Development and validation of a novel rationally designed immunotherapeutic combination strategy built upon targeting RANK(L) for cervical cancer. 01/11/2020 - 31/10/2022

Abstract

Cervical cancer (CC) patients, especially those with advanced disease, are urgently in need of new treatment options that can increase their survival rate and quality of life. A promising strategy is immunotherapy, however, only a minority of patients responds to it because the cancer has developed mechanisms that evade its effects. In recent years, the RANKL/RANK signaling pathway has been implicated as one such mechanism, as it allows many cancer types - including CC - to circumvent the immune response by disrupting the communication of the immune cells. Supported by our first results, we strongly believe that blocking the RANKL/RANK signal can release the brakes on the immune system and reinvigorate the tumor's susceptibility to immunotherapy. We therefore aim to expose the best possible immunotherapeutic partner(s) for anti-RANK(L) therapy in order to achieve the most optimal anti-tumor immune effects. For this, we have unique access to CC samples retrieved from patients before and after anti-RANKL monotherapy, which we will thoroughly investigate to reveal immune related changes. Thereafter, we will perform additional laboratory tests that will allow us to pinpoint one best-in-class anti-RANKL combination strategy, which we will further optimize in CC mouse models. Finally, this project will validate a novel imaging technique to stratify patients and monitor treatment response for this therapy, thereby minimizing treatment - and economic burden.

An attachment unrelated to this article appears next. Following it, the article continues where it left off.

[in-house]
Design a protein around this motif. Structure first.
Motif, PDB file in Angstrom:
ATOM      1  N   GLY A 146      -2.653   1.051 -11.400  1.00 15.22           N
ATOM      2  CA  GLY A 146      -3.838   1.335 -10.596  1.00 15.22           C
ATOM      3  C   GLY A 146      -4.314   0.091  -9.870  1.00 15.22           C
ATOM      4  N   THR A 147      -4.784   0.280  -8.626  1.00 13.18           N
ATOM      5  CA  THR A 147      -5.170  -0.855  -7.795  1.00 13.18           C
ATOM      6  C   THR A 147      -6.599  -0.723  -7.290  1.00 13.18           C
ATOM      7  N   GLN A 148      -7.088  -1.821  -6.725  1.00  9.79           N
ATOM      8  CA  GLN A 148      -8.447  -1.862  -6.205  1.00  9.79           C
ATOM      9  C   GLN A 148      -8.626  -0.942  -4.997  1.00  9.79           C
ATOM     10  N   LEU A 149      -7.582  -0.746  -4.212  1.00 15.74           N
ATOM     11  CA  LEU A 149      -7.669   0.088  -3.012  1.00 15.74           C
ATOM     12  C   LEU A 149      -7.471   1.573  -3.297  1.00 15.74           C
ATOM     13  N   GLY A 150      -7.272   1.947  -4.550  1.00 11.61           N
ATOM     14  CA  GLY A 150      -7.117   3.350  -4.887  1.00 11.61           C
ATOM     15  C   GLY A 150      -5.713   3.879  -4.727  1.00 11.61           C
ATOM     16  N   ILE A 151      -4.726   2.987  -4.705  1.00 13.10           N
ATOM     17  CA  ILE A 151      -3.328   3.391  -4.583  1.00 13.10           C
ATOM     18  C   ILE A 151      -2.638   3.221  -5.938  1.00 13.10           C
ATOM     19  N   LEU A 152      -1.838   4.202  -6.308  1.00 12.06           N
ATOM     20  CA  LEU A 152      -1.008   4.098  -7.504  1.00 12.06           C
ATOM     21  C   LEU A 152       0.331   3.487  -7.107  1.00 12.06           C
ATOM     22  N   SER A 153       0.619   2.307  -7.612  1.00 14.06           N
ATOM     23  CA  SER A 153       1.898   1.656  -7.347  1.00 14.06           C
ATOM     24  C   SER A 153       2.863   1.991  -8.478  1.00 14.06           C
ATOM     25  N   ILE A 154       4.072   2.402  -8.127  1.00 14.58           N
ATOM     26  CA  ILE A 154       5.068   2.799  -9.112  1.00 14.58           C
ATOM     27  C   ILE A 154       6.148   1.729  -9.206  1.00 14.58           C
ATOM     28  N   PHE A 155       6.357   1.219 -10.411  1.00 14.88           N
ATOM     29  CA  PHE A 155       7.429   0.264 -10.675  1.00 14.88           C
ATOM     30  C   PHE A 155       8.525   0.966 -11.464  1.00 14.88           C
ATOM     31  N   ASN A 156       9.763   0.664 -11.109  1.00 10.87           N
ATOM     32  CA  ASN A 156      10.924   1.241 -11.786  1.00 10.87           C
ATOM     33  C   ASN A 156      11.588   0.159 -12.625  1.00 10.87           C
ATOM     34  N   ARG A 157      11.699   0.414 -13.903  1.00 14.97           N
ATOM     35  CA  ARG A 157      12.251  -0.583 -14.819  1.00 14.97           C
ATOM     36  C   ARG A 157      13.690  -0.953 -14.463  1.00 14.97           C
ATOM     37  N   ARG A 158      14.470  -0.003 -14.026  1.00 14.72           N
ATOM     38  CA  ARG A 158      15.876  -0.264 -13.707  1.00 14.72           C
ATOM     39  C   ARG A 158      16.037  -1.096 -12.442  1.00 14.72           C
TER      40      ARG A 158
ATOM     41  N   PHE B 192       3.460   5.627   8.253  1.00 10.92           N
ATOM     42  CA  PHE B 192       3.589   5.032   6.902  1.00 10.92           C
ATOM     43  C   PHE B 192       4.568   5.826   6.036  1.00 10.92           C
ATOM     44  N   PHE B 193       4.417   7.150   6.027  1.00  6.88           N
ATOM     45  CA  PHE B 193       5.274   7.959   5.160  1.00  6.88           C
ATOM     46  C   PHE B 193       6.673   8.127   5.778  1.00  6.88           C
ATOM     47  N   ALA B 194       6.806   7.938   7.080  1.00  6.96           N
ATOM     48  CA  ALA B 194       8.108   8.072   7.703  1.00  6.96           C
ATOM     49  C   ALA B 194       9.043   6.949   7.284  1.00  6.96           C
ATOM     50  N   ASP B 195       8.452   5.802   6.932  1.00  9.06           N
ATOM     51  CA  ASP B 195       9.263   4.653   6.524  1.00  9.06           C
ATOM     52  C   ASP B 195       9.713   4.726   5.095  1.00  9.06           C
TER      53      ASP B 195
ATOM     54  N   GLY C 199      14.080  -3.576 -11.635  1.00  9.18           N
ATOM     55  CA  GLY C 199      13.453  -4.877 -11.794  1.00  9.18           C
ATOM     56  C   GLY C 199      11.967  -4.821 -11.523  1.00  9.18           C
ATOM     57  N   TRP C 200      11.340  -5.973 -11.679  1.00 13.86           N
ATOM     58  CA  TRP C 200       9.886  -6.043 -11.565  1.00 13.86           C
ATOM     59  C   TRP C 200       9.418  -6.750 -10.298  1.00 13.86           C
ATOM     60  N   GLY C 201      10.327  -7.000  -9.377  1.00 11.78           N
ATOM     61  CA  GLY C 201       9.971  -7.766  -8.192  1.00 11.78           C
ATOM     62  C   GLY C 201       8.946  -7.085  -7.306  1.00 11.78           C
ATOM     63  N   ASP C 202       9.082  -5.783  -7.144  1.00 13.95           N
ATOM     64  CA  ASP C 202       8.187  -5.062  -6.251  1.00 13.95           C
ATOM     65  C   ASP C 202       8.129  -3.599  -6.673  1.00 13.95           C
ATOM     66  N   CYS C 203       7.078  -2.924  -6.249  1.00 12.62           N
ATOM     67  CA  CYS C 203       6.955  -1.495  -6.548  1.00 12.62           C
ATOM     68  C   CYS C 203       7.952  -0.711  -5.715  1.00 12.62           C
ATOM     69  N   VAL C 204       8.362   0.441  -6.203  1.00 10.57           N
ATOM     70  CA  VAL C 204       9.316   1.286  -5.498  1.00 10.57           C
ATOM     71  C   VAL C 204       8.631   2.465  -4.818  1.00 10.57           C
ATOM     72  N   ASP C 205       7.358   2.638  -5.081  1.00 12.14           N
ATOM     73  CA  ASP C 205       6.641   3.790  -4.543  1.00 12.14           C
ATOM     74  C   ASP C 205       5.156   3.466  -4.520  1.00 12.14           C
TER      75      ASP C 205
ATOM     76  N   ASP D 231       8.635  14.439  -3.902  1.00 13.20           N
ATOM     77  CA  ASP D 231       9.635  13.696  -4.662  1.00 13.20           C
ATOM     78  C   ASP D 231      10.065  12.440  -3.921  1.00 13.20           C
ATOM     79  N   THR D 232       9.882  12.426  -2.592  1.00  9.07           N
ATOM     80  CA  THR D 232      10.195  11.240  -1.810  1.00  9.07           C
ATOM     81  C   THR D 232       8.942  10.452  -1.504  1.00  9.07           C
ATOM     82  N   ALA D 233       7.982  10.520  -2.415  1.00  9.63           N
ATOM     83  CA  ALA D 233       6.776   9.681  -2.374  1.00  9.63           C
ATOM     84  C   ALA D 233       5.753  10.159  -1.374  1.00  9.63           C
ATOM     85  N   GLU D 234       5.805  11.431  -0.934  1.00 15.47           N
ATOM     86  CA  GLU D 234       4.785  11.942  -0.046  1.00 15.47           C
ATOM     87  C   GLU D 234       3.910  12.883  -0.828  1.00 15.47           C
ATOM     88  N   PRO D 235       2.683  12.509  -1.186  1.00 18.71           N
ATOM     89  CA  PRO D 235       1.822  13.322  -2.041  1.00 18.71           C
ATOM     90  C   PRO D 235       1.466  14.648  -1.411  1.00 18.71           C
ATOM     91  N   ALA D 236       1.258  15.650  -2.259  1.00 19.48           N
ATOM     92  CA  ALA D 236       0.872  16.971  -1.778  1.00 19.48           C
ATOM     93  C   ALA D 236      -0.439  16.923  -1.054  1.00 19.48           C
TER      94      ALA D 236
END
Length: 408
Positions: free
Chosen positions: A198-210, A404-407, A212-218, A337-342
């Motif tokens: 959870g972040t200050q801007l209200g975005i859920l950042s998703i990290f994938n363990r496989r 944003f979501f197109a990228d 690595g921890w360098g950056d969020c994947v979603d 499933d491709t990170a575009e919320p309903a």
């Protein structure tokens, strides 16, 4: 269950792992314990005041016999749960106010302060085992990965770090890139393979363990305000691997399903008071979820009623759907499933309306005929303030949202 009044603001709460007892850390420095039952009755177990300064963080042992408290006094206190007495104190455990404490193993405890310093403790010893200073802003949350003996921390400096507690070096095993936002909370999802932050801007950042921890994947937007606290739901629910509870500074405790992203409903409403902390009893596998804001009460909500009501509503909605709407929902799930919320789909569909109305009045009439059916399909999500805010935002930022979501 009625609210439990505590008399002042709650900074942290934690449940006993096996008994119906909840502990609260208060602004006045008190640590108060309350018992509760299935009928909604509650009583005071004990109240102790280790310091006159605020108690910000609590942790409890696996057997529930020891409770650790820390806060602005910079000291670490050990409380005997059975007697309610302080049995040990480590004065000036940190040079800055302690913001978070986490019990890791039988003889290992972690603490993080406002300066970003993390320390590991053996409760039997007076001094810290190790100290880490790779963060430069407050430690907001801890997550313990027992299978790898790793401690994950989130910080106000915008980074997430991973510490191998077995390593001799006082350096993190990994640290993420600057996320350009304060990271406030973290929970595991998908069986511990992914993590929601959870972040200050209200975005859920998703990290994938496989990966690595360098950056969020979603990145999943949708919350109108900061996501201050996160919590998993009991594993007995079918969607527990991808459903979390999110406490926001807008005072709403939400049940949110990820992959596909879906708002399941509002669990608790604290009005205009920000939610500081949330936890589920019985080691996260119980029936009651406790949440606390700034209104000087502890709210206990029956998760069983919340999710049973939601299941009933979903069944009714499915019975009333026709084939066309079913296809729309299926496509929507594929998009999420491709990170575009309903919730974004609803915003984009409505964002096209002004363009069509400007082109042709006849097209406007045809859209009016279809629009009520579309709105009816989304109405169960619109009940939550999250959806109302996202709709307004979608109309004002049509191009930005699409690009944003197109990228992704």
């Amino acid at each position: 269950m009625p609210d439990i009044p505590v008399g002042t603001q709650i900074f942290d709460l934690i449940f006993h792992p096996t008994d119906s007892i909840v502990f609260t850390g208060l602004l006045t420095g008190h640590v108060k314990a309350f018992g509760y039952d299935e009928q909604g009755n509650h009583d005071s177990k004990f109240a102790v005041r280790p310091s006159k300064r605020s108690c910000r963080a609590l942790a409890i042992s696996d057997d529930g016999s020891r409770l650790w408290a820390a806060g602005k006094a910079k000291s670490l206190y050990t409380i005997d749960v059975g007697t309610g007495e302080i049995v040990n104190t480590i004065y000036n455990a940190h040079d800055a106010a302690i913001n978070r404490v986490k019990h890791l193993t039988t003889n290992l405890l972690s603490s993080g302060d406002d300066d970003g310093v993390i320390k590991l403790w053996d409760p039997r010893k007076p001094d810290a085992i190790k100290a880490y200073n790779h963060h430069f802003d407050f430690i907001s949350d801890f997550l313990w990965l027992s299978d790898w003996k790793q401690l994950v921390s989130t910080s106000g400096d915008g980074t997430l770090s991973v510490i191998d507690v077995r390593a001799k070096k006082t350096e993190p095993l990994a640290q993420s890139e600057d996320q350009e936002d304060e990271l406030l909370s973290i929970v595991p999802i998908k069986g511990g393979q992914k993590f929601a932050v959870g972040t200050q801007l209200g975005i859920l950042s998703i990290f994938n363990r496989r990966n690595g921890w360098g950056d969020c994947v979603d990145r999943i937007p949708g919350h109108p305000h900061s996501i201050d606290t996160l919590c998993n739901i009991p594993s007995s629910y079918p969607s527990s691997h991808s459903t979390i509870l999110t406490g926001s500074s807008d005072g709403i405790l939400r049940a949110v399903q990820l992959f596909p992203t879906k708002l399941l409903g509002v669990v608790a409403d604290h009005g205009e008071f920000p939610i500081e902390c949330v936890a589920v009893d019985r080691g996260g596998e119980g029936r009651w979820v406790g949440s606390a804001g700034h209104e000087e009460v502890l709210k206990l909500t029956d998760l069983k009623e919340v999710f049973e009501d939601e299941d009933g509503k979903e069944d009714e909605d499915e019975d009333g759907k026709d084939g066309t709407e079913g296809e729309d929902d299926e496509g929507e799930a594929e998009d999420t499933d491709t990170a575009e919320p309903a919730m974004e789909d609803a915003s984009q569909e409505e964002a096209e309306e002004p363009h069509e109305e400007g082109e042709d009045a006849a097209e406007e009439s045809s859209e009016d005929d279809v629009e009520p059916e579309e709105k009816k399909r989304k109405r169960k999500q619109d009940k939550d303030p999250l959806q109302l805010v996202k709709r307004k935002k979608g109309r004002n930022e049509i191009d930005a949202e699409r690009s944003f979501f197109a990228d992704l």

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The development of an off-the-shelf immunological combination therapy for glioblastoma multiforme 01/12/2017 - 31/12/2018

Abstract

We will study the contribution of hypoxia-inducible factors (HIF) to innate immunosuppression in glioblastoma (GBM) in hypoxia. The capacity of HIF inhibitors combined with an immunostimulant to eliminate GBM cells will be studied in hypoxic cocultures of human GBM cells, natural killer cells and macrophages. This study will elucidate mechanisms of GBM-mediated immunosuppression and will generate valuable new insights for the development of novel efficacious immunotherapeutic strategies to treat GBM.

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    Exploring HIF in poly(I:C)-based immunotherapy to stimulate innate immunity in glioblastoma multiforme 01/10/2017 - 30/09/2019

    Abstract

    We will study the contribution of hypoxia-inducible factors (HIF) to innate immunosuppression in glioblastoma (GBM) in hypoxia. The capacity of HIF inhibitors combined with the immunostimulant poly(I:C) to eliminate GBM cells will be studied in hypoxic cocultures of human GBM cells, natural killer cells and macrophages. This study will elucidate mechanisms of GBM-mediated immunosuppression and will generate valuable new insights for the development of novel efficacious immunotherapeutic strategies to treat GBM.

    Researcher(s)

    Research team(s)

    Exploring HIF in poly(I:C)-based immunotherapy to stimulate innate immunity in glioblastoma multiforme. 01/10/2015 - 30/09/2017

    Abstract

    We will study the contribution of hypoxia-inducible factors (HIF) to innate immunosuppression in glioblastoma (GBM) in hypoxia. The capacity of HIF inhibitors combined with the immunostimulant poly(I:C) to eliminate GBM cells will be studied in hypoxic cocultures of human GBM cells, natural killer cells and macrophages. This study will elucidate mechanisms of GBM-mediated immunosuppression and will generate valuable new insights for the development of novel efficacious immunotherapeutic strategies to treat GBM.

    Researcher(s)

    Research team(s)

      Stimulation of the suppressed innate antitumor immunity in glioblastoma. 01/01/2014 - 31/12/2014

      Abstract

      Glioblastoma is the most common, malignant, primary brain tumor. One of the characteristics of this (and other) cancer(s) is suppression of the immune system. The aim of this research is to (re )activate the antitumoral functions of the innate immune cells in glioblastoma. This will be achieved by combining direct stimulation of the innate immune cells with alleviation of the protumoral and immunosuppressive tumor microenvironment.

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